One hundred and forty students yesterday graduated from the Kofi Annan International Peace Keeping Training Centre (KAIPTC) in Accra, after successfully completing various courses in Peace and Security.
The graduands were from Ghana, Cameroun, Chad, Gambia, Mali, Nigeria and Uganda.
Two graduated with Doctor of Philosophy (PhD) degrees in International Conflict Management, with 27 receiving Master of Arts degrees in Conflict, Peace and Security.
Thirty-nine graduated with Master of Arts degrees in Gender, Peace and Security, while 34 others received Executive Master of Arts degrees in Conflict, Peace and Security.
Thirty-eight weekend students also graduated with Master of Arts degrees in Conflict, Peace and Security.
The event was on the theme: “Providing skills to meet business and human security needs in uncertain times.”
The Commandant of the College, Major General Francis Ofori, said the graduands completed the academic circle in very challenging times of the upsurge of COVID-19.
He said the prevailing uncertainty created by the COVID-19 pandemic had impacted on every sector of life, including human security, economy, food, health and the environment.
“This reinforces the call for a people-centred, comprehensive, context-specific, prevention-oriented, protection and empowerment approach to ensuring human and business security needs,” the commandant said.
He added that in a period of uncertainties, there was the need to be adaptive and responsive to the changing times.
Major General Ofori further said it was the objective of the college to equip students with a firm foundation, analytical tools and theoretical and practical skills to blossom through uncertain times.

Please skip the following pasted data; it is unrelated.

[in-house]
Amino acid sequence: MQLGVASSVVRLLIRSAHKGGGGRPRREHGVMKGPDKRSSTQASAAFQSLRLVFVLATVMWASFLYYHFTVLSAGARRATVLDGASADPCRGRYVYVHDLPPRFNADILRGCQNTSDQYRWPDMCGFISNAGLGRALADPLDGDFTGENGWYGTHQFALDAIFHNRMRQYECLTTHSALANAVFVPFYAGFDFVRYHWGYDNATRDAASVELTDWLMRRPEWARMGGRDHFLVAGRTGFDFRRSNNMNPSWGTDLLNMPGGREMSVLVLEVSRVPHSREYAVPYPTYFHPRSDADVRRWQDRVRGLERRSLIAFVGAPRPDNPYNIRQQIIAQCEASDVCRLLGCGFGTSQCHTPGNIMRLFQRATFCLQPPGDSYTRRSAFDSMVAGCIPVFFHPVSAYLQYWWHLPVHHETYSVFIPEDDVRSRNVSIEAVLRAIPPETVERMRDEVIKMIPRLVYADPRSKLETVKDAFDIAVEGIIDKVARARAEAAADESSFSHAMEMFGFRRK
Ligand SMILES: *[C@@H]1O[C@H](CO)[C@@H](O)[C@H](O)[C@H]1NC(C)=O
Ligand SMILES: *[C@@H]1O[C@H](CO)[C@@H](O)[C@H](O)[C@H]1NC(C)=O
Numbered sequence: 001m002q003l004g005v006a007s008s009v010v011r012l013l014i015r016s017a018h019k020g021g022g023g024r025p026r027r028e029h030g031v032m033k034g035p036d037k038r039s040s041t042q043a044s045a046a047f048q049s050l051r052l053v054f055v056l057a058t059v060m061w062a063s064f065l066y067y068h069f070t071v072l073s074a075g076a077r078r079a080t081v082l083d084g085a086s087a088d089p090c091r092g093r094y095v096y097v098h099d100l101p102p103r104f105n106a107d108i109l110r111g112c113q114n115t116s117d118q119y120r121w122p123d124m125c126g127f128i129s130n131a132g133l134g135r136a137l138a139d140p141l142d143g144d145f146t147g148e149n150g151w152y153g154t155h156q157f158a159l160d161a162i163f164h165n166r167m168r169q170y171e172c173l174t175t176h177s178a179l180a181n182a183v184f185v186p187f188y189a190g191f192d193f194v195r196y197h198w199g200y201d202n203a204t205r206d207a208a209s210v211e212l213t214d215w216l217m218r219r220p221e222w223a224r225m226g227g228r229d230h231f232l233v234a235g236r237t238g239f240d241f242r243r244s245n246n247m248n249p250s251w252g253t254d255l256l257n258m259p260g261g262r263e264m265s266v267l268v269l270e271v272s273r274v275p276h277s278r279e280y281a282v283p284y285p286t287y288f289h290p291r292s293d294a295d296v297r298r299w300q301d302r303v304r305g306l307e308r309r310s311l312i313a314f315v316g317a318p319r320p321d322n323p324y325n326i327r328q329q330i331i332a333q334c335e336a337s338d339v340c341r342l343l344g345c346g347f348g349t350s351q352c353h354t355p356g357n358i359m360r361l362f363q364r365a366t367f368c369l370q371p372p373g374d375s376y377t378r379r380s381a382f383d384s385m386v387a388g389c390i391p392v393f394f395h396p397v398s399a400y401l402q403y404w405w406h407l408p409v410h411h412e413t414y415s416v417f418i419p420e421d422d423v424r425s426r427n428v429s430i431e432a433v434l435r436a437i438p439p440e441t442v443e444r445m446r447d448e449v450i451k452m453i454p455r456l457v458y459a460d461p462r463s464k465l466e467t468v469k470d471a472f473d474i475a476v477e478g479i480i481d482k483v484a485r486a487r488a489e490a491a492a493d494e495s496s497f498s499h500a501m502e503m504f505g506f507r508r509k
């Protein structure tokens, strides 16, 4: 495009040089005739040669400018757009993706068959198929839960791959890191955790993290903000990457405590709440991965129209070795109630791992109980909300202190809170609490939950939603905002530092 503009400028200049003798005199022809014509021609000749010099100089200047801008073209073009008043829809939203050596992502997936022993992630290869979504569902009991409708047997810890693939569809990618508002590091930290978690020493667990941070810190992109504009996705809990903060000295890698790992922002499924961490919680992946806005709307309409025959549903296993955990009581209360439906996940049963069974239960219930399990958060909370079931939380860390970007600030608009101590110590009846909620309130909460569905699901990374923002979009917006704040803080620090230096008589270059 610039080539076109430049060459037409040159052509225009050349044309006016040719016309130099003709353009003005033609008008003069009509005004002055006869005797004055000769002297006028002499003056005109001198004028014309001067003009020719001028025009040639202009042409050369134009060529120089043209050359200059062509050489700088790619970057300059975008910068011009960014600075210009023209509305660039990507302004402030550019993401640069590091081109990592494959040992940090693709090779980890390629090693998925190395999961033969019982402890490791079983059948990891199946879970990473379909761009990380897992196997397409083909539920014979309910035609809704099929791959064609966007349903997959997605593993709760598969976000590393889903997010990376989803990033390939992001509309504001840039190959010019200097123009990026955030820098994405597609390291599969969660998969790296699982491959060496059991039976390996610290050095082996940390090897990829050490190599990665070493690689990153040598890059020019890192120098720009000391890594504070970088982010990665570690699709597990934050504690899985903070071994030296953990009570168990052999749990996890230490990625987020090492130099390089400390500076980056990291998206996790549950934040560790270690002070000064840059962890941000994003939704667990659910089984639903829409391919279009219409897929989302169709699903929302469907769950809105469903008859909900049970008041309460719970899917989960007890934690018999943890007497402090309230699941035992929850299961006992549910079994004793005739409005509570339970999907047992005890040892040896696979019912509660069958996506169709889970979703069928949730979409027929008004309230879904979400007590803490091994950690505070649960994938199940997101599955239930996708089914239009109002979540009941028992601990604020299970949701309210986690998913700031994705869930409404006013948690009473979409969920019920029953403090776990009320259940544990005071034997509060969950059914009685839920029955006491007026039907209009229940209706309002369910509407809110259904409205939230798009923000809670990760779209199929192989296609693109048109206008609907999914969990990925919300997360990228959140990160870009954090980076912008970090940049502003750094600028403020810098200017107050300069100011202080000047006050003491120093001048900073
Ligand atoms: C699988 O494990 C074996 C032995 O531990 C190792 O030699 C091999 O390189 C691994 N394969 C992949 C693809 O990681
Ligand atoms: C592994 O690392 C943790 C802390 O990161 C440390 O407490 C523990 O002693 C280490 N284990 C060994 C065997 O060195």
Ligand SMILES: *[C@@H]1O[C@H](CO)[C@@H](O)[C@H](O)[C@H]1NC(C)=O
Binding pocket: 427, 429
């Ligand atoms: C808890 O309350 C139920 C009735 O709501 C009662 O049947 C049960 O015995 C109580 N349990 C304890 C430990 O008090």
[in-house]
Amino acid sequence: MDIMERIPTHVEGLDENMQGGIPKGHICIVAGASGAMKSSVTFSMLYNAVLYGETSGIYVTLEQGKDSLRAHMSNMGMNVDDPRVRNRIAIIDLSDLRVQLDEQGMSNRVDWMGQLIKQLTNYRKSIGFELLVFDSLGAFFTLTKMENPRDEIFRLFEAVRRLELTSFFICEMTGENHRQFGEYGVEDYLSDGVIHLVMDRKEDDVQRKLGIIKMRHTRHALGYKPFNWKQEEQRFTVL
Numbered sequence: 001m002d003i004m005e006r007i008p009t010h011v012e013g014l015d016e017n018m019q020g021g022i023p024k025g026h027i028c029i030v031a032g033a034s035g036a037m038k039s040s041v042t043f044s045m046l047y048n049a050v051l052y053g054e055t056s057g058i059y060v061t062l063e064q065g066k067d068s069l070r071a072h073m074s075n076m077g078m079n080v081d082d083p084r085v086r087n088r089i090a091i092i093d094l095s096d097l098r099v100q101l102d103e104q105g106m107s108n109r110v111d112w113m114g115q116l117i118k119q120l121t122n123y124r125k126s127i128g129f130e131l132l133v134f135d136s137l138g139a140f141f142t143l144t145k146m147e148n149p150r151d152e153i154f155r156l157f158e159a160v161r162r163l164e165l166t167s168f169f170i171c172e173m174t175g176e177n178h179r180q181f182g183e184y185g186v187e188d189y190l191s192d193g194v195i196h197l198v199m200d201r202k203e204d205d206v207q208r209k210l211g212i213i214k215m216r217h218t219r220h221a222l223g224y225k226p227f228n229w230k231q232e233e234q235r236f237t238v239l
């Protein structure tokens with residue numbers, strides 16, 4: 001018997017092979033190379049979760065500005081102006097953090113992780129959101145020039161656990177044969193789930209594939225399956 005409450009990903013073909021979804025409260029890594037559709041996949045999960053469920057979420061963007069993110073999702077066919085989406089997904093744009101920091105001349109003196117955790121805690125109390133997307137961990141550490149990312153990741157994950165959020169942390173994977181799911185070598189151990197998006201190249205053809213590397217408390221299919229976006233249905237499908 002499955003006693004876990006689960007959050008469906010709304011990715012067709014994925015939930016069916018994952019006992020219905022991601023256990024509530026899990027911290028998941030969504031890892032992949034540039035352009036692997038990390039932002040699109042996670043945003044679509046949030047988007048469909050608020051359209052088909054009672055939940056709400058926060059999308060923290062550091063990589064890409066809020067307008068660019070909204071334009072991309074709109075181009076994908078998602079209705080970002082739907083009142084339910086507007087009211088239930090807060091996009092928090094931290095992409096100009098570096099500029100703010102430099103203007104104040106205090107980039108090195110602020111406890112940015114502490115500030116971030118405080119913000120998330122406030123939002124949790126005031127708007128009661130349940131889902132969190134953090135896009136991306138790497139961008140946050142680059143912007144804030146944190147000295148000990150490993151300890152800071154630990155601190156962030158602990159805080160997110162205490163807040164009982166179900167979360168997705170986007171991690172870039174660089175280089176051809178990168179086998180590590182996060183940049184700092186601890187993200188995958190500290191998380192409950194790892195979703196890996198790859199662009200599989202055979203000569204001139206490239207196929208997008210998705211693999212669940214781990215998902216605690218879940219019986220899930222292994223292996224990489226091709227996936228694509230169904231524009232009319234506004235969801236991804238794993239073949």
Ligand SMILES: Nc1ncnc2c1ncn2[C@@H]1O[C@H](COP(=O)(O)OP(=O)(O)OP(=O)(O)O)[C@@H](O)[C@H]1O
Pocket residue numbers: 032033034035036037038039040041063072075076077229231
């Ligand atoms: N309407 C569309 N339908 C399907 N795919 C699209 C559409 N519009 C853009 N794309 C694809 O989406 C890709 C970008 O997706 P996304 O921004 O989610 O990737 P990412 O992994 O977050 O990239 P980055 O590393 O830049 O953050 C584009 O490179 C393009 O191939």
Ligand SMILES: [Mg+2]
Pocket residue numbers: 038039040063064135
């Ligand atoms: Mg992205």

“There is the need to confront uncertainties through and beyond the crises, build more resilient youth to face the current uncertainties within the global economy and any other future disruptions.
“The youth have essential roles to play in shaping a post-COVID-19 world. We all have individual and collective roles to play in ensuring sustainable and inclusive socio-economic development,” Major General Ofori added.
Thinking outside the box
A Ghanaian businessman, Mr Sam Jonah, said while machines and digital technologies were taking on roles in analytics and business operations, human beings remained a unique resource in their ability to think outside the box.
He said in the near future, the business landscape would evolve and adapt rapidly and, therefore, urged students to begin tapping into their creative mindset to find ways of steering businesses through challenges.
“Expectations from employers are not graduates who only go with the flow, but those who are capable of thinking outside the box, coming up with creative decisions and are very innovative in their thought processes,” Mr Jona added.
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